BIRMINGHAM, England (AP) Mo Farah's absence because of doping allegations surrounding his coach overshadowed the action in the Diamond League on Sunday, where Jeneba Tarmoh won a photo finish in the 200 meters and fellow American Marvin Bracy won the 100 in 9.93 seconds.
Farah, the world and Olympic 5,000 and 10,000-meter champion, withdrew on the morning of the Birmingham meet, saying he was ''emotionally and physically drained'' after a week in which coach Alberto Salazar was accused of using doping practices for his athletes at the Nike Oregon Project.
With Olympic champions Sally Pearson, Jessica Ennis-Hill and David Rudisha having previously pulled out, the fifth stop of the Diamond League was light on big names - and arguably the biggest remaining, four-time Olympic gold medalist Allyson Felix, was beaten into second place in the 200 by Tarmoh after both posted 22.29.
''I was shocked to win over Allyson,'' said Tarmoh, who ran 0.01 off her personal best from 2011. ''Now, I'm definitely confident I'll get a spot on the U.S. team for the world championship (in Beijing in August).''
Another U.S. sprinter in top form before the national trials on June 25-28 is Bracy, a former wide receiver for Florida State who started competing in track in 2013 and is making fast progress.
The 21-year-old Bracy said he felt a tweak in his right hamstring 10 meters into the 100 final but still ran a personal best to beat Britain's Adam Gemili, who clocked 9.97 - under 10 seconds for the first time.
Both Bracy and Gemili clutched their hamstrings in the final few meters but while Bracy came through fine, Gemili tumbled to the ground after the line and was taken away in a wheelchair.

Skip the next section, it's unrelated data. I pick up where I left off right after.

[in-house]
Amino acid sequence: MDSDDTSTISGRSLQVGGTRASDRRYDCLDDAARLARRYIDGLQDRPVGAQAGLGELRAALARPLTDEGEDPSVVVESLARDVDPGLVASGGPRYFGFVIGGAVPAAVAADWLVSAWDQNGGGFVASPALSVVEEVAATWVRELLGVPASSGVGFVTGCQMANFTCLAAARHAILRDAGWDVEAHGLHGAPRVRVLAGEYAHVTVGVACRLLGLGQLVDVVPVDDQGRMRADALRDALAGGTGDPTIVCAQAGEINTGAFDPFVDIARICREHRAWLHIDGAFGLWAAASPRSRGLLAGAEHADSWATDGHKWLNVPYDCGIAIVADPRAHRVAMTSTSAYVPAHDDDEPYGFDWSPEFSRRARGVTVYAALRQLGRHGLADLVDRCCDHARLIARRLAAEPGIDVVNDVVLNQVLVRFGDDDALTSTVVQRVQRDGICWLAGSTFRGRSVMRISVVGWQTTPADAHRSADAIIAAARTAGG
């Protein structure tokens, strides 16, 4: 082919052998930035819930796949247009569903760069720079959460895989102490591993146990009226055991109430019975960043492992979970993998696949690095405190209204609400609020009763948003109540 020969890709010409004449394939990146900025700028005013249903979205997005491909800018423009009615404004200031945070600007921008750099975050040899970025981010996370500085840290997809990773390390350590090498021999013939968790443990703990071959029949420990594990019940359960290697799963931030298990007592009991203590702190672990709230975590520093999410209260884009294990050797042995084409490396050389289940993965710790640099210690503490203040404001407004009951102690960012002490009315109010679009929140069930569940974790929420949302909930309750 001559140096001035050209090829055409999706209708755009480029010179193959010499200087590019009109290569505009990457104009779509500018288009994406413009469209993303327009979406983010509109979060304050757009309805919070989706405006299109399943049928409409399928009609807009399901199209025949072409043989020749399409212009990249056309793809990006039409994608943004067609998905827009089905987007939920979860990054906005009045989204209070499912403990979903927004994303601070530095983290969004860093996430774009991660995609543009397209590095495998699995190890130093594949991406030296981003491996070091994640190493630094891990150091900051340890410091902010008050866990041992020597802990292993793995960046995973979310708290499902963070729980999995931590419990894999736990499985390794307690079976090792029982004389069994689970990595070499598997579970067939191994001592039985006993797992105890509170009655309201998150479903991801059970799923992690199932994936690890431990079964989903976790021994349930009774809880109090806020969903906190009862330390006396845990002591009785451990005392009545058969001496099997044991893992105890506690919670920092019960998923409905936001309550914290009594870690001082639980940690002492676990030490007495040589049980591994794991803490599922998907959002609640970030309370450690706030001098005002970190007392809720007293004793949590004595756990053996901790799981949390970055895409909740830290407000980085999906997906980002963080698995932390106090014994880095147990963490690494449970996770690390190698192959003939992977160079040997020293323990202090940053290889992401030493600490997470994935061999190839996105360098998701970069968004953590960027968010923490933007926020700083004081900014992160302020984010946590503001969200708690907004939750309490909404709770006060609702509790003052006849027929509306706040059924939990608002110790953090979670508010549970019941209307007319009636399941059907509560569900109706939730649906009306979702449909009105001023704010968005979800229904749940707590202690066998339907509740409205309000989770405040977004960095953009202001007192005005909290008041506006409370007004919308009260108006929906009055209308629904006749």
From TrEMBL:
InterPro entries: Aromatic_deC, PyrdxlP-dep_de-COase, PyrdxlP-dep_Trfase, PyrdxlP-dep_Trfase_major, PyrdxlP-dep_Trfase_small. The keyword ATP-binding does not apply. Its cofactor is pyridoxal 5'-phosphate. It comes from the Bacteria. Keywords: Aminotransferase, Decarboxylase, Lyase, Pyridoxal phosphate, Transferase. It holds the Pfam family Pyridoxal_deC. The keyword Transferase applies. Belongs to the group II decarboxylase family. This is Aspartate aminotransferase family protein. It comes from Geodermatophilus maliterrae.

''I'm ecstatic,'' Bracy, who ran 9.97 to win his heat, told The Associated Press. ''To come and drop 9 seconds twice in one day, and two hours later, lets me know moving forward to the American trials that I am ready to go rounds and can drop these types of times back to back.
''The trials are going to be amazing. We have a lot of guys dropping 9 seconds.''
Also, Olympic and former world champion Christian Taylor ofthe U.S. won the triple jump with 17.40 meters, and Dawn Harper-Nelson won the 100 hurdles in a season's best of 12.58 - and celebrated with cartwheels. Olympic champion Greg Rutherford of Britain won the long jump with 8.35.
Farah's no-show was a blow to organizers and the spectators who were eager for a glimpse of Britain's greatest ever long-distance runner, who was scheduled to contest the 1,500 meters to improve his base speed ahead of the world championship.
A visibly angry Farah appeared at the pre-event news conference on Saturday, bemoaning the reputational damage done to him by investigations by ProPublica and the BBC that alleged Salazar violated anti-doping rules and encouraging doping by one of his top runners, Galen Rupp.
No doping accusations were made against Farah - and both Salazar and Rupp deny any wrongdoing - but he feels tainted by association and released a statement hours before the Birmingham meeting saying he was returning to the United States to ''seek answers to my questions.''
''This week has been very stressful and taken a lot out of me,'' said Farah.
There was a smattering of applause when the news was transmitted to spectators over the loudspeakers before the opening event on a sunny, windy day in central England.
And they had to wait until the third-from-last race for some real excitement, when Tarmoh, Felix and Britain's Dina Asher Smith dipped at the line together. Tarmoh was awarded the victory and Asher-Smith was third with 22.30 for a personal best.
''I need to continue to work hard as I am a bit disappointed with my bend,'' said Felix, the Olympic 200 champion.